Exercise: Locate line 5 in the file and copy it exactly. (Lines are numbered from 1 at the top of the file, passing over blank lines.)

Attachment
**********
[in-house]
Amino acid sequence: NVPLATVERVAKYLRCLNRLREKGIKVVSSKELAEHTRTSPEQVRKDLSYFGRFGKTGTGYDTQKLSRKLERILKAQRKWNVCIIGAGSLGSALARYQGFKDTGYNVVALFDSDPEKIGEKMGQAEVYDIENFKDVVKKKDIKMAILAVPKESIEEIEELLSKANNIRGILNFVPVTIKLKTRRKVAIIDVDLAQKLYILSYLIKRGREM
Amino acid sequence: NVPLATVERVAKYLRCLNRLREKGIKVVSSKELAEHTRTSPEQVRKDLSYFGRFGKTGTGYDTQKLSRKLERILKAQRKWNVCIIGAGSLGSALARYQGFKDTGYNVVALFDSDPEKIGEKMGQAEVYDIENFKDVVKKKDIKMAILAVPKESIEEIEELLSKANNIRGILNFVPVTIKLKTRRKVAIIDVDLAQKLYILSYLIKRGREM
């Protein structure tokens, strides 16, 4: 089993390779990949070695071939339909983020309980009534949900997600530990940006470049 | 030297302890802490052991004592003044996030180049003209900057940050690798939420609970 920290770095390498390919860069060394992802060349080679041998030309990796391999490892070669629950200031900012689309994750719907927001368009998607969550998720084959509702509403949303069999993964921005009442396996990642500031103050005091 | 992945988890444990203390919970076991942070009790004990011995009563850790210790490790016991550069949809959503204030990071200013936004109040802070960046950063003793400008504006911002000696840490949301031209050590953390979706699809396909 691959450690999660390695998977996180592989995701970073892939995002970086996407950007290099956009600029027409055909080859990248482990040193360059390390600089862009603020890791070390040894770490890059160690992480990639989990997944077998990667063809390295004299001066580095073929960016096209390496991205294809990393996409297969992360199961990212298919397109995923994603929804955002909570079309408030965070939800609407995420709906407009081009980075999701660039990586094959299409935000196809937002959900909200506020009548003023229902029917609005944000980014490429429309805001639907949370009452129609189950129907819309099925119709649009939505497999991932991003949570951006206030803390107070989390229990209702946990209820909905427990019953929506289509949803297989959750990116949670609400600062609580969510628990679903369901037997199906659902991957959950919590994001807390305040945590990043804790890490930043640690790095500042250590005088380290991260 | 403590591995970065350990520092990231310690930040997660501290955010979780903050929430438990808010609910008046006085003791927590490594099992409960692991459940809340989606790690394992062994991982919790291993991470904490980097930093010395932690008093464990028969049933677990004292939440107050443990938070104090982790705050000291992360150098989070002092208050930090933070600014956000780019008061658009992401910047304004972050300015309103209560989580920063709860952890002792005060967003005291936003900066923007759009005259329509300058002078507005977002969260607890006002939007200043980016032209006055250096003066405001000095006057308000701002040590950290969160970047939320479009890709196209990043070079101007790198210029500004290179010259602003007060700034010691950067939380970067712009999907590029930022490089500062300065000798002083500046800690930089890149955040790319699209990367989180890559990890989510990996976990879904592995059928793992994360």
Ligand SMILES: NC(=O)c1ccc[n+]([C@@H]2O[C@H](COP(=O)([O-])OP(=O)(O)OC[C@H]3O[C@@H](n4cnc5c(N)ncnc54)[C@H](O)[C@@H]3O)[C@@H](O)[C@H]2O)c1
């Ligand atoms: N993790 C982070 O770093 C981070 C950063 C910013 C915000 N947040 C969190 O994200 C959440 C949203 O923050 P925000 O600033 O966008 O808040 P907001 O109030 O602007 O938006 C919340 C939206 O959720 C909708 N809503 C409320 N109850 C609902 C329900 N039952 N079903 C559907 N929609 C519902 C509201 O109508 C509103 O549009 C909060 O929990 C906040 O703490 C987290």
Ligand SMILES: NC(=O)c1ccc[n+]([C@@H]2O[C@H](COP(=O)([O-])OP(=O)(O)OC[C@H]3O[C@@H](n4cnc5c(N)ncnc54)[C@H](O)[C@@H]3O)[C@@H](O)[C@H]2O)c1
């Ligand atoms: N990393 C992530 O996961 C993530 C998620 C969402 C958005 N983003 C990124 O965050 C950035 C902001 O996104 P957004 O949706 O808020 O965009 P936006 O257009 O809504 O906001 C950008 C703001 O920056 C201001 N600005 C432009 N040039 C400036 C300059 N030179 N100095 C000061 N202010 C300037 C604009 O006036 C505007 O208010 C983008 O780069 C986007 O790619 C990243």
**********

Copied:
Ligand SMILES: NC(=O)c1ccc[n+]([C@@H]2O[C@H](COP(=O)([O-])OP(=O)(O)OC[C@H]3O[C@@H](n4cnc5c(N)ncnc54)[C@H](O)[C@@H]3O)[C@@H](O)[C@H]2O)c1